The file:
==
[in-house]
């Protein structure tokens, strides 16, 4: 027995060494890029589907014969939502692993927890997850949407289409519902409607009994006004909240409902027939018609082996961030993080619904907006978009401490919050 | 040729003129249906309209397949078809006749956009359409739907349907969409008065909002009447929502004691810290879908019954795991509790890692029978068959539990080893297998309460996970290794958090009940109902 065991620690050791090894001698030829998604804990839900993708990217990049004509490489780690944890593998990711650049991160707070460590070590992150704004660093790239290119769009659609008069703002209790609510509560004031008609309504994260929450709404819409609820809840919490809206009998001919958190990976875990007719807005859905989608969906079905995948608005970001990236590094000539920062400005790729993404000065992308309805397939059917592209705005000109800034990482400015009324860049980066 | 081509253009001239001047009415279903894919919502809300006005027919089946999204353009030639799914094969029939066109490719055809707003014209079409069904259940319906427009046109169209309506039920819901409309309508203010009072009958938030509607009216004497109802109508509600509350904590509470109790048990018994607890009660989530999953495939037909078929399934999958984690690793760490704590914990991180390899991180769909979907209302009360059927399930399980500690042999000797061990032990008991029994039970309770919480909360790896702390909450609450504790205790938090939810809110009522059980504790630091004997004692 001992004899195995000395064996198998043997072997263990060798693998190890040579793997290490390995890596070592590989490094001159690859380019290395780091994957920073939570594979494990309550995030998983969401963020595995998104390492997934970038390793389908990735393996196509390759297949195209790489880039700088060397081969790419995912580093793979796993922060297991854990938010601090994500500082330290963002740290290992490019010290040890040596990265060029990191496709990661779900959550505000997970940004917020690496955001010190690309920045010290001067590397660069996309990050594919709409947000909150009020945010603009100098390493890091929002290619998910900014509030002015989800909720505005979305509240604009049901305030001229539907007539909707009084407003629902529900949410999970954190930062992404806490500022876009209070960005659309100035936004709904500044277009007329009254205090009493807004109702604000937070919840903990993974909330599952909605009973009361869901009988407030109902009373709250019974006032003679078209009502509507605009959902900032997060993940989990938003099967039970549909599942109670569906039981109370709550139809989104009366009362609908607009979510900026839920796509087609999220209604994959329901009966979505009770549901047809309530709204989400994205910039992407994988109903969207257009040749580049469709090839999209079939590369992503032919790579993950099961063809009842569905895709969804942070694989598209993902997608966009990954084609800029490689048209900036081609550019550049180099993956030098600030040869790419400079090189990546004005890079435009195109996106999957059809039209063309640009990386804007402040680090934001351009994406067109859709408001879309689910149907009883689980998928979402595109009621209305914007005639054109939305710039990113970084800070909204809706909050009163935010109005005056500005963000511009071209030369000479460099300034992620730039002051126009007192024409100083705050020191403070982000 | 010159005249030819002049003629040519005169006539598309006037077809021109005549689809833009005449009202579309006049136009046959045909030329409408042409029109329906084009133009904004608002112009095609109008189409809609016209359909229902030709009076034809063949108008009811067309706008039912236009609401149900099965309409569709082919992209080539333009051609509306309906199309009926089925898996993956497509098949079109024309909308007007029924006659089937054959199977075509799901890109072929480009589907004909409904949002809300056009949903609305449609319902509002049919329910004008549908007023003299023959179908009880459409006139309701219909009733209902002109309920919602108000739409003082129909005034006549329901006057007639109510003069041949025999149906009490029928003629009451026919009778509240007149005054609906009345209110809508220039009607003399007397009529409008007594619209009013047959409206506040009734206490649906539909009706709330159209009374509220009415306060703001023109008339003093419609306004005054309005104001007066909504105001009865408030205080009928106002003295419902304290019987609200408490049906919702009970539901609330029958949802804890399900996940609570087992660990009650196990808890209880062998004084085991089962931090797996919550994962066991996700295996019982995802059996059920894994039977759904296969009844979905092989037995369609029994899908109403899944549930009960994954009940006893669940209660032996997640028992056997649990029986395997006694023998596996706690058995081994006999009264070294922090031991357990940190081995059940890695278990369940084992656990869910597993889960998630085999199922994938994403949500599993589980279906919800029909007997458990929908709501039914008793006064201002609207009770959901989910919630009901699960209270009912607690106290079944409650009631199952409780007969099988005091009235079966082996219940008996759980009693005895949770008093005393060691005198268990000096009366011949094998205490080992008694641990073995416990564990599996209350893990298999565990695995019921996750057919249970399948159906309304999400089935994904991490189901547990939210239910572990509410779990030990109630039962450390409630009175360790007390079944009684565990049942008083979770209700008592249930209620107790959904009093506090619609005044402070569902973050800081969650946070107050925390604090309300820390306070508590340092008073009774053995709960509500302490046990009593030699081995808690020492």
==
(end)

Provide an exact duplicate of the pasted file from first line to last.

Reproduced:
[in-house]
């Protein structure tokens, strides 16, 4: 027995060494890029589907014969939502692993927890997850949407289409519902409607009994006004909240409902027939018609082996961030993080619904907006978009401490919050 | 040729003129249906309209397949078809006749956009359409739907349907969409008065909002009447929502004691810290879908019954795991509790890692029978068959539990080893297998309460996970290794958090009940109902 065991620690050791090894001698030829998604804990839900993708990217990049004509490489780690944890593998990711650049991160707070460590070590992150704004660093790239290119769009659609008069703002209790609510509560004031008609309504994260929450709404819409609820809840919490809206009998001919958190990976875990007719807005859905989608969906079905995948608005970001990236590094000539920062400005790729993404000065992308309805397939059917592209705005000109800034990482400015009324860049980066 | 081509253009001239001047009415279903894919919502809300006005027919089946999204353009030639799914094969029939066109490719055809707003014209079409069904259940319906427009046109169209309506039920819901409309309508203010009072009958938030509607009216004497109802109508509600509350904590509470109790048990018994607890009660989530999953495939037909078929399934999958984690690793760490704590914990991180390899991180769909979907209302009360059927399930399980500690042999000797061990032990008991029994039970309770919480909360790896702390909450609450504790205790938090939810809110009522059980504790630091004997004692 001992004899195995000395064996198998043997072997263990060798693998190890040579793997290490390995890596070592590989490094001159690859380019290395780091994957920073939570594979494990309550995030998983969401963020595995998104390492997934970038390793389908990735393996196509390759297949195209790489880039700088060397081969790419995912580093793979796993922060297991854990938010601090994500500082330290963002740290290992490019010290040890040596990265060029990191496709990661779900959550505000997970940004917020690496955001010190690309920045010290001067590397660069996309990050594919709409947000909150009020945010603009100098390493890091929002290619998910900014509030002015989800909720505005979305509240604009049901305030001229539907007539909707009084407003629902529900949410999970954190930062992404806490500022876009209070960005659309100035936004709904500044277009007329009254205090009493807004109702604000937070919840903990993974909330599952909605009973009361869901009988407030109902009373709250019974006032003679078209009502509507605009959902900032997060993940989990938003099967039970549909599942109670569906039981109370709550139809989104009366009362609908607009979510900026839920796509087609999220209604994959329901009966979505009770549901047809309530709204989400994205910039992407994988109903969207257009040749580049469709090839999209079939590369992503032919790579993950099961063809009842569905895709969804942070694989598209993902997608966009990954084609800029490689048209900036081609550019550049180099993956030098600030040869790419400079090189990546004005890079435009195109996106999957059809039209063309640009990386804007402040680090934001351009994406067109859709408001879309689910149907009883689980998928979402595109009621209305914007005639054109939305710039990113970084800070909204809706909050009163935010109005005056500005963000511009071209030369000479460099300034992620730039002051126009007192024409100083705050020191403070982000 | 010159005249030819002049003629040519005169006539598309006037077809021109005549689809833009005449009202579309006049136009046959045909030329409408042409029109329906084009133009904004608002112009095609109008189409809609016209359909229902030709009076034809063949108008009811067309706008039912236009609401149900099965309409569709082919992209080539333009051609509306309906199309009926089925898996993956497509098949079109024309909308007007029924006659089937054959199977075509799901890109072929480009589907004909409904949002809300056009949903609305449609319902509002049919329910004008549908007023003299023959179908009880459409006139309701219909009733209902002109309920919602108000739409003082129909005034006549329901006057007639109510003069041949025999149906009490029928003629009451026919009778509240007149005054609906009345209110809508220039009607003399007397009529409008007594619209009013047959409206506040009734206490649906539909009706709330159209009374509220009415306060703001023109008339003093419609306004005054309005104001007066909504105001009865408030205080009928106002003295419902304290019987609200408490049906919702009970539901609330029958949802804890399900996940609570087992660990009650196990808890209880062998004084085991089962931090797996919550994962066991996700295996019982995802059996059920894994039977759904296969009844979905092989037995369609029994899908109403899944549930009960994954009940006893669940209660032996997640028992056997649990029986395997006694023998596996706690058995081994006999009264070294922090031991357990940190081995059940890695278990369940084992656990869910597993889960998630085999199922994938994403949500599993589980279906919800029909007997458990929908709501039914008793006064201002609207009770959901989910919630009901699960209270009912607690106290079944409650009631199952409780007969099988005091009235079966082996219940008996759980009693005895949770008093005393060691005198268990000096009366011949094998205490080992008694641990073995416990564990599996209350893990298999565990695995019921996750057919249970399948159906309304999400089935994904991490189901547990939210239910572990509410779990030990109630039962450390409630009175360790007390079944009684565990049942008083979770209700008592249930209620107790959904009093506090619609005044402070569902973050800081969650946070107050925390604090309300820390306070508590340092008073009774053995709960509500302490046990009593030699081995808690020492």